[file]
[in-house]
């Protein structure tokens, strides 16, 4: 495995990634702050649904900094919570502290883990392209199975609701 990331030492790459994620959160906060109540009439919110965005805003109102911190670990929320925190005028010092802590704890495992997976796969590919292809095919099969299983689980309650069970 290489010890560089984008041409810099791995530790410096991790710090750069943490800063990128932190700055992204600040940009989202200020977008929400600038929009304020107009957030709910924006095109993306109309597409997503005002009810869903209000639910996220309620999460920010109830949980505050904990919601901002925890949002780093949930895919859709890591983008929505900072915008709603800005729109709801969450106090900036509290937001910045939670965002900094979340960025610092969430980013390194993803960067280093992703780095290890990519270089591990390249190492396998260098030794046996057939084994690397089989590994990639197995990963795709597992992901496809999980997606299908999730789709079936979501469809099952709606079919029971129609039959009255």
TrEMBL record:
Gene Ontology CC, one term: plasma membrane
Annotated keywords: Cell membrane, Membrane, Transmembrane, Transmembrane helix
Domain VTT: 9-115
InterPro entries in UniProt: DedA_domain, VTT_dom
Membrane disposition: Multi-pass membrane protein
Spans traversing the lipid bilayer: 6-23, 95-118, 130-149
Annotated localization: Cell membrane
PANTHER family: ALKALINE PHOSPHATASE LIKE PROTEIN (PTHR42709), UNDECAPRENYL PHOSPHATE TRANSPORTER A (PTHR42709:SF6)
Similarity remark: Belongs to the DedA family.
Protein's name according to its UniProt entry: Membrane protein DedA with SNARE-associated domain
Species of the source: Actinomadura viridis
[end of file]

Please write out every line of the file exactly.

[in-house]
């Protein structure tokens, strides 16, 4: 495995990634702050649904900094919570502290883990392209199975609701 990331030492790459994620959160906060109540009439919110965005805003109102911190670990929320925190005028010092802590704890495992997976796969590919292809095919099969299983689980309650069970 290489010890560089984008041409810099791995530790410096991790710090750069943490800063990128932190700055992204600040940009989202200020977008929400600038929009304020107009957030709910924006095109993306109309597409997503005002009810869903209000639910996220309620999460920010109830949980505050904990919601901002925890949002780093949930895919859709890591983008929505900072915008709603800005729109709801969450106090900036509290937001910045939670965002900094979340960025610092969430980013390194993803960067280093992703780095290890990519270089591990390249190492396998260098030794046996057939084994690397089989590994990639197995990963795709597992992901496809999980997606299908999730789709079936979501469809099952709606079919029971129609039959009255």
TrEMBL record:
Gene Ontology CC, one term: plasma membrane
Annotated keywords: Cell membrane, Membrane, Transmembrane, Transmembrane helix
Domain VTT: 9-115
InterPro entries in UniProt: DedA_domain, VTT_dom
Membrane disposition: Multi-pass membrane protein
Spans traversing the lipid bilayer: 6-23, 95-118, 130-149
Annotated localization: Cell membrane
PANTHER family: ALKALINE PHOSPHATASE LIKE PROTEIN (PTHR42709), UNDECAPRENYL PHOSPHATE TRANSPORTER A (PTHR42709:SF6)
Similarity remark: Belongs to the DedA family.
Protein's name according to its UniProt entry: Membrane protein DedA with SNARE-associated domain
Species of the source: Actinomadura viridis